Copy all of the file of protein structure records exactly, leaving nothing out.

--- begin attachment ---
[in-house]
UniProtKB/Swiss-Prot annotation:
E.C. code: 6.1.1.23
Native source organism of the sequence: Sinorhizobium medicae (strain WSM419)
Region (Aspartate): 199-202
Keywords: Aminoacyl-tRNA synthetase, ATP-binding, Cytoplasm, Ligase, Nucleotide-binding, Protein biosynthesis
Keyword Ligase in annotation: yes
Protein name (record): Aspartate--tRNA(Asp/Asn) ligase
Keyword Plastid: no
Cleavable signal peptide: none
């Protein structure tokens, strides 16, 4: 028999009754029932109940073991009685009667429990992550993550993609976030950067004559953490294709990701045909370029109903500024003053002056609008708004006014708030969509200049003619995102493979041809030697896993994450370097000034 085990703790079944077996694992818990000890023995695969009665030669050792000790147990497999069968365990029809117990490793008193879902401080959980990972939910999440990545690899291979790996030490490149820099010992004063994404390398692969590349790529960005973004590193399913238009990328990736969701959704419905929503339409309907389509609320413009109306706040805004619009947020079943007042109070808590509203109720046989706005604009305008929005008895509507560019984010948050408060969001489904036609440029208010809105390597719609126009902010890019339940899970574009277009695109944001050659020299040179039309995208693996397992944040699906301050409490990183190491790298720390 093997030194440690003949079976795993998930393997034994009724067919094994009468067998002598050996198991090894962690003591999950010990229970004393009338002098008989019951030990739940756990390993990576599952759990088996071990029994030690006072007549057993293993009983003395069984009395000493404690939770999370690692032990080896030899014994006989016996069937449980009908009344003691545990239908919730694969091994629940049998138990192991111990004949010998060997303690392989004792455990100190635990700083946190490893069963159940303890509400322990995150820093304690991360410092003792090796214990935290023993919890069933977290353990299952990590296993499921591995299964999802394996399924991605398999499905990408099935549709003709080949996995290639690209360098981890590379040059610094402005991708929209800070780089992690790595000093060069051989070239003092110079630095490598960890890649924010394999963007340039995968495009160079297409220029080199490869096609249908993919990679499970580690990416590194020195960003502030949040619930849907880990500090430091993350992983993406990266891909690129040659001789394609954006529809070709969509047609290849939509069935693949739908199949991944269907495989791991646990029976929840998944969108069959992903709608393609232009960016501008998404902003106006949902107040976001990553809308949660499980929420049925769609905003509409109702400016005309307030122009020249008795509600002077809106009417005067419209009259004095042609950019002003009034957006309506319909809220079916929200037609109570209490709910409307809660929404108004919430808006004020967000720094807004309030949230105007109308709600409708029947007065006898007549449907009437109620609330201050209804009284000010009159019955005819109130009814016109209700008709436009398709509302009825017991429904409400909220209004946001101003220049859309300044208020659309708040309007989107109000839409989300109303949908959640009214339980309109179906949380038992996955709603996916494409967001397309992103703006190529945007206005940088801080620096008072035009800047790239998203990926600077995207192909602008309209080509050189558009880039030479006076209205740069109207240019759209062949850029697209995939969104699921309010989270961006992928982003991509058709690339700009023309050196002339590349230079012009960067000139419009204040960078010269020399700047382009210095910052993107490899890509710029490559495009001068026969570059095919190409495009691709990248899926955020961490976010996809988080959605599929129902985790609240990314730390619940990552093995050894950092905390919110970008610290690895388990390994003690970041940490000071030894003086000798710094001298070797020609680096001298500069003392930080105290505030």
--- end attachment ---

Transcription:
[in-house]
UniProtKB/Swiss-Prot annotation:
E.C. code: 6.1.1.23
Native source organism of the sequence: Sinorhizobium medicae (strain WSM419)
Region (Aspartate): 199-202
Keywords: Aminoacyl-tRNA synthetase, ATP-binding, Cytoplasm, Ligase, Nucleotide-binding, Protein biosynthesis
Keyword Ligase in annotation: yes
Protein name (record): Aspartate--tRNA(Asp/Asn) ligase
Keyword Plastid: no
Cleavable signal peptide: none
């Protein structure tokens, strides 16, 4: 028999009754029932109940073991009685009667429990992550993550993609976030950067004559953490294709990701045909370029109903500024003053002056609008708004006014708030969509200049003619995102493979041809030697896993994450370097000034 085990703790079944077996694992818990000890023995695969009665030669050792000790147990497999069968365990029809117990490793008193879902401080959980990972939910999440990545690899291979790996030490490149820099010992004063994404390398692969590349790529960005973004590193399913238009990328990736969701959704419905929503339409309907389509609320413009109306706040805004619009947020079943007042109070808590509203109720046989706005604009305008929005008895509507560019984010948050408060969001489904036609440029208010809105390597719609126009902010890019339940899970574009277009695109944001050659020299040179039309995208693996397992944040699906301050409490990183190491790298720390 093997030194440690003949079976795993998930393997034994009724067919094994009468067998002598050996198991090894962690003591999950010990229970004393009338002098008989019951030990739940756990390993990576599952759990088996071990029994030690006072007549057993293993009983003395069984009395000493404690939770999370690692032990080896030899014994006989016996069937449980009908009344003691545990239908919730694969091994629940049998138990192991111990004949010998060997303690392989004792455990100190635990700083946190490893069963159940303890509400322990995150820093304690991360410092003792090796214990935290023993919890069933977290353990299952990590296993499921591995299964999802394996399924991605398999499905990408099935549709003709080949996995290639690209360098981890590379040059610094402005991708929209800070780089992690790595000093060069051989070239003092110079630095490598960890890649924010394999963007340039995968495009160079297409220029080199490869096609249908993919990679499970580690990416590194020195960003502030949040619930849907880990500090430091993350992983993406990266891909690129040659001789394609954006529809070709969509047609290849939509069935693949739908199949991944269907495989791991646990029976929840998944969108069959992903709608393609232009960016501008998404902003106006949902107040976001990553809308949660499980929420049925769609905003509409109702400016005309307030122009020249008795509600002077809106009417005067419209009259004095042609950019002003009034957006309506319909809220079916929200037609109570209490709910409307809660929404108004919430808006004020967000720094807004309030949230105007109308709600409708029947007065006898007549449907009437109620609330201050209804009284000010009159019955005819109130009814016109209700008709436009398709509302009825017991429904409400909220209004946001101003220049859309300044208020659309708040309007989107109000839409989300109303949908959640009214339980309109179906949380038992996955709603996916494409967001397309992103703006190529945007206005940088801080620096008072035009800047790239998203990926600077995207192909602008309209080509050189558009880039030479006076209205740069109207240019759209062949850029697209995939969104699921309010989270961006992928982003991509058709690339700009023309050196002339590349230079012009960067000139419009204040960078010269020399700047382009210095910052993107490899890509710029490559495009001068026969570059095919190409495009691709990248899926955020961490976010996809988080959605599929129902985790609240990314730390619940990552093995050894950092905390919110970008610290690895388990390994003690970041940490000071030894003086000798710094001298070797020609680096001298500069003392930080105290505030």